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1 Hawthorne Travel Writing- General

A Sense of Direction: Pilgrimage for the Restless and the Hopeful

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A Sense of Direction: Pilgrimage for the Restless and the Hopeful Cover

ISBN13: 9781594487255
ISBN10: 1594487251
Condition: Standard
Dustjacket: Standard
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Synopses & Reviews

Publisher Comments:

In medieval times, a pilgrimage gave the average Joe his only break from the daily grind. For Gideon Lewis-Kraus, it promises a different kind of escape. Determined to avoid the kind of constraint that kept his father, a gay rabbi, closeted until midlife, he has moved to anything-goes Berlin. But the surfeit of freedom there has begun to paralyze him, and when a friend extends a drunken invitation to join him on an ancient pilgrimage route across Spain, he grabs his sneakers, glad of the chance to be committed to something and someone.

Irreverent, moving, hilarious, and thought-provoking, A Sense of Direction is Lewis-Kraus's dazzling riff on the perpetual war between discipline and desire, and its attendant casualties. Across three pilgrimages and many hundreds of miles — the thousand-year-old Camino de Santiago, a solo circuit of eighty-eight Buddhist temples on the Japanese island of Shikoku, and, together with his father and brother, an annual mass migration to the tomb of a famous Hasidic mystic in the Ukraine — he completes an idiosyncratic odyssey to the heart of a family mystery and a human dilemma: How do we come to terms with what has been and what is — and find a way forward, with purpose?

Review:

"A young writer seeks a cure for his fecklessness by following roads very much taken in this scintillating travel memoir. After floundering in Berlin's entropic bohemia — equal parts pretentious art opening and woozy after-party — Lewis-Kraus embarked with a friend on the 500-mile pilgrimage of Santiago de Compostella in Spain. Its route marked with imperious yellow arrows, the trek offered 'pointless direction' toward the sacred that temporarily eases his anxiety over what to do with his life, as well as sweltering death marches, gory blisters, and an international cast of oddball penitents. His pilgrimage itinerary continues with a circuit of 88 temples on the Japanese island of Shikoku — a lonely ordeal of cold rain, tasty rice balls, and piquant Buddhist legends — and a trip to a Ukrainian Hassidic shrine accompanied by his father, an ex-rabbi turned flamboyant gay demimondaine. The author's resolve to undergo a comparably epic inner journey sometimes causes the narrative to bog down in navel-gazing and excessive palaver about his testy relationship with his dad. Fortunately, Lewis-Kraus's vivid descriptive powers and funny, shaggy-dog philosophizing carry readers past the rough patches. The result is an entertaining, thoughtful portrait of a slacker caught up in life's quest for something. Agent: Tina Bennett." Publishers Weekly Copyright PWxyz, LLC. All rights reserved.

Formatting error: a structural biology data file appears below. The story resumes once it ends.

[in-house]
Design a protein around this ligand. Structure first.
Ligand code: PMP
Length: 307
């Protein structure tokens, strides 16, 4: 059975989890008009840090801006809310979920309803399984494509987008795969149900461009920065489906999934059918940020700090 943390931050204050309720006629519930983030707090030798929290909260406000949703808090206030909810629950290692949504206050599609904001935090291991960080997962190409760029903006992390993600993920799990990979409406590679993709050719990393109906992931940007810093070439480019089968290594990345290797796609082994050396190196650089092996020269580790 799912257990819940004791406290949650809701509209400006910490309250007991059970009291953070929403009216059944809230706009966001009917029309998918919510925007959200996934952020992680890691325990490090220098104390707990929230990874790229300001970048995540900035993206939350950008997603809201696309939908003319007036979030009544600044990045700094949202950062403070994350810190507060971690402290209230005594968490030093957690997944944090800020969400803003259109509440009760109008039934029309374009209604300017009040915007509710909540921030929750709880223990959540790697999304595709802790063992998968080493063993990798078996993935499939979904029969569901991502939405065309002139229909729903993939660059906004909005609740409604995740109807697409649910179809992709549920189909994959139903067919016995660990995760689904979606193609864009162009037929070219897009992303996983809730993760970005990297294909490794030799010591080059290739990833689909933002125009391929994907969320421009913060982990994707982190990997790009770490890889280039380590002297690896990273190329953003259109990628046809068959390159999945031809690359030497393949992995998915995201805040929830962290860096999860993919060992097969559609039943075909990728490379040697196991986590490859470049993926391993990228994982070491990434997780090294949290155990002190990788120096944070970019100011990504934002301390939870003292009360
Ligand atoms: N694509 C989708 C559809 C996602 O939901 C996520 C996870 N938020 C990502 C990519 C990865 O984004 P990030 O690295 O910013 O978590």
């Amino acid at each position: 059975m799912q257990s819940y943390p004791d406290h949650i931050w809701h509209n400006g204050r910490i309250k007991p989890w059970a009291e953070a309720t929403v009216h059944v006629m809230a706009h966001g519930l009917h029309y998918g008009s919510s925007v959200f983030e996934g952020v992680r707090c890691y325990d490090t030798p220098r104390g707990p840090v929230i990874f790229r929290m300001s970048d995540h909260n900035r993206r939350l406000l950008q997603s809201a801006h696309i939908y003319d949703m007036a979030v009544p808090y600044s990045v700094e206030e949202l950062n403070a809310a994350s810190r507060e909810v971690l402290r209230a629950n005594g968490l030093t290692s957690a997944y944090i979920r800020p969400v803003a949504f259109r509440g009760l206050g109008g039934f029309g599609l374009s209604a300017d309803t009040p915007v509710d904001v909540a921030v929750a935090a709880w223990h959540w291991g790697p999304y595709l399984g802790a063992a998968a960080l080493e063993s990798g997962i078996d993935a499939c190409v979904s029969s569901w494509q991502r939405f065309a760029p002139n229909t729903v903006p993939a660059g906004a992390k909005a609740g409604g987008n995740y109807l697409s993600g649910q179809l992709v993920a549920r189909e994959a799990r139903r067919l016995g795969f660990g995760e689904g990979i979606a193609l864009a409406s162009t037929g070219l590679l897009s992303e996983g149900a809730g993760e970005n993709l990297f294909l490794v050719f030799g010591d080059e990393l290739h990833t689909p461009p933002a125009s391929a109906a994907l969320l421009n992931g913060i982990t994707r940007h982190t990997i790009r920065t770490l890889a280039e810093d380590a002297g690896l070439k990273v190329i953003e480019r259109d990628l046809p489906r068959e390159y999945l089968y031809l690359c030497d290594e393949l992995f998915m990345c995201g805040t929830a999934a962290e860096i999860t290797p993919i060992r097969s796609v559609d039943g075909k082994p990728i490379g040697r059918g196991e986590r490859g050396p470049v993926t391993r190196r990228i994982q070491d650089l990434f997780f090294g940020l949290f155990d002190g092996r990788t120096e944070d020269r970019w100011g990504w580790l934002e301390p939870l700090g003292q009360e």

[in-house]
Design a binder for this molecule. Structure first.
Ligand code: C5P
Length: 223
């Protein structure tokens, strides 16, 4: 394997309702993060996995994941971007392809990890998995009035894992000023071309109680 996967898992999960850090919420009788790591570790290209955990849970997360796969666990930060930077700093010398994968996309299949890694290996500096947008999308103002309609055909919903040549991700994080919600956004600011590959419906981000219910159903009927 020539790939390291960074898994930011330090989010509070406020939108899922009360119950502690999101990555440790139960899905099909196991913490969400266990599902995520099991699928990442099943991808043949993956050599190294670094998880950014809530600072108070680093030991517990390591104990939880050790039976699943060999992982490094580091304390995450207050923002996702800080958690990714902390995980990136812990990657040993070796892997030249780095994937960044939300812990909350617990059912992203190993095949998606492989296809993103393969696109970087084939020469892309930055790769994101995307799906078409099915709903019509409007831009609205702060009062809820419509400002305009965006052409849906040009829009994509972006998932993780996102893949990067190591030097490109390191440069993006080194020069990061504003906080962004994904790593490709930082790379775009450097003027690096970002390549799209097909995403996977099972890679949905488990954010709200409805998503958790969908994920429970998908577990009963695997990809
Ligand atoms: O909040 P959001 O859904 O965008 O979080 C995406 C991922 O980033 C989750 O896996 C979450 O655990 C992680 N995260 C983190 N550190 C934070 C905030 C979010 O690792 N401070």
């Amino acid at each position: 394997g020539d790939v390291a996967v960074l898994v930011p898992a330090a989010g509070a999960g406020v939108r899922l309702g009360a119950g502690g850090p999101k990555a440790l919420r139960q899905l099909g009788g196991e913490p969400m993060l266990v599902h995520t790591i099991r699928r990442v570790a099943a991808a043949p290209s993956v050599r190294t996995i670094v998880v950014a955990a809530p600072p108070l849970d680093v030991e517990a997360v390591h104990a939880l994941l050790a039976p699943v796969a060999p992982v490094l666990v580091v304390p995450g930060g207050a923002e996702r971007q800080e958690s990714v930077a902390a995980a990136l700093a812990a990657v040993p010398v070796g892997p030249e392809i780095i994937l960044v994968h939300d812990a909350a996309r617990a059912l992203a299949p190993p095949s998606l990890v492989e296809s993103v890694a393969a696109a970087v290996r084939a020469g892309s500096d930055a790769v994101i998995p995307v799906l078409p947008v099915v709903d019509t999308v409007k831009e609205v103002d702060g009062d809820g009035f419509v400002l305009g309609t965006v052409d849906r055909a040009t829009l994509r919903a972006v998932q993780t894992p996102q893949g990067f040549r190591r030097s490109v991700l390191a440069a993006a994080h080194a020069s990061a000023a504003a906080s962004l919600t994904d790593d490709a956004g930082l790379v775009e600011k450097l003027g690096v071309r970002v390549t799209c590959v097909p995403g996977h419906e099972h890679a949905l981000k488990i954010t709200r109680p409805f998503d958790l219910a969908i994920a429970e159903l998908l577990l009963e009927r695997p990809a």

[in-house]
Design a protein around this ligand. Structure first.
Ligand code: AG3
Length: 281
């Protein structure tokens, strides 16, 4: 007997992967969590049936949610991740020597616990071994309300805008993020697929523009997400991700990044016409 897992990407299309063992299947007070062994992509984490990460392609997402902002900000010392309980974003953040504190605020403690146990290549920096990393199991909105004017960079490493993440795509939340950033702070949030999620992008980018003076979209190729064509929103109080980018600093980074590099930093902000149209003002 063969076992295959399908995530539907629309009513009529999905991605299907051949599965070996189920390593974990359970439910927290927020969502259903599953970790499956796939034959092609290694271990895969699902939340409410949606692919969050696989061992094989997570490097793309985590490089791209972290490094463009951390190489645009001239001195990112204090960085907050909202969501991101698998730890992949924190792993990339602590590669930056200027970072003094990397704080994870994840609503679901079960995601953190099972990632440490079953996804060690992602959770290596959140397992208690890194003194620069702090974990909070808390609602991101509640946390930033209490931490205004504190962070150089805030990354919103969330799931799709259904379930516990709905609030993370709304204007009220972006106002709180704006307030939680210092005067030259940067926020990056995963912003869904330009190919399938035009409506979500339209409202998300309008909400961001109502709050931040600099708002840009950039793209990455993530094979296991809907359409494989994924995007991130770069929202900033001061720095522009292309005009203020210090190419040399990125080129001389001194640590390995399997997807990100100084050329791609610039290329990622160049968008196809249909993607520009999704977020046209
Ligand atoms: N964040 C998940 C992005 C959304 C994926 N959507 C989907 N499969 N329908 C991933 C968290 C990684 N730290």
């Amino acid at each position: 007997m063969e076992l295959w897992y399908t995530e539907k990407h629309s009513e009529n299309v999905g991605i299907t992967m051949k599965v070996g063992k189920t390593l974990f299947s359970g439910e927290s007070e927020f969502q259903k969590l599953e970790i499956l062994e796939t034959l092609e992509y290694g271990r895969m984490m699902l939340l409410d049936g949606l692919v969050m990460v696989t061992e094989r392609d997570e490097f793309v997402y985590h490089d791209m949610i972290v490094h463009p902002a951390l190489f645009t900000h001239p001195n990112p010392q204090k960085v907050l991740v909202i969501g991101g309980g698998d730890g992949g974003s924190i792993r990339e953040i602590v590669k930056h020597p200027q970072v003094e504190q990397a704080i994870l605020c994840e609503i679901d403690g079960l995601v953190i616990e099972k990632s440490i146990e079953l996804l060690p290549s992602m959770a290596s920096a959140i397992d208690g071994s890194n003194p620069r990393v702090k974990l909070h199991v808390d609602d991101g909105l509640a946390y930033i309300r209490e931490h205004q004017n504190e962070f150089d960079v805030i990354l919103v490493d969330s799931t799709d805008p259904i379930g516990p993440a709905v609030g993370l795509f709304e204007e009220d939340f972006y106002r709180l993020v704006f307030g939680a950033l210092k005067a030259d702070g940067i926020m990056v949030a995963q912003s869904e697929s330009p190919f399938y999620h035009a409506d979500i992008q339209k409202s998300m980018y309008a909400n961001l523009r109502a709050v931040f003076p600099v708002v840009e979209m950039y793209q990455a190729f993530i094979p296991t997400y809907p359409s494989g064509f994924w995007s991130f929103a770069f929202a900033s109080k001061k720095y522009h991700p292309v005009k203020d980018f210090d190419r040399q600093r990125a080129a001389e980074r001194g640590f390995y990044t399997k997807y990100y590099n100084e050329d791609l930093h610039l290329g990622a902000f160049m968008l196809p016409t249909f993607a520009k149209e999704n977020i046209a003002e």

Review:

"If David Foster Wallace had written Eat, Pray, Love, it might have come close to approximating the adventures of Gideon Lewis-Kraus. A Sense of Direction is the digressively brilliant and seriously hilarious account of a fellow neurotic's wanderings, and his hard-won lessons in happiness, forgiveness, and international pilgrim fashion." Gary Shteyngart

Review:

"Gideon Lewis-Kraus has written a very honest, very smart, very moving book about being young and rootless and even wayward. With great compassion and zeal he gets at the question: why search the world to solve the riddle of your own heart?" Dave Eggers

Review:

"This is a brilliant meditation on what the spiritual and fraternal and paternal and communal might mean to a person right now, fueled as it is by the funny, thorny, dreamy, generous, cranky, rigorous, truth-seeking voice of Gideon Lewis-Kraus. For the sake of whatever force or idea or feeling sustains you, make a pilgrimage to your nearest bookstore and buy the goddamn book." Sam Lipsyte

Review:

"Extraordinarily honest and funny....Here is one of the best and most brilliant young writers in America. A Sense of Direction is a book of great decency and originality." Tom Bissel, GQ

Review:

"Charming and disarming...a wonderful exploration of the stories we tell ourselves to justify and impart narrative weight to our curiosities and compulsions." T: The New York Times Magazine

Review:

"Physically, Lewis-Kraus' feats are staggering, but more so is how fully and fluidly he recounts them, alongside meditation on his own youthful anxieties and a well-synthesized history of the act of pilgrimage." Booklist

Review: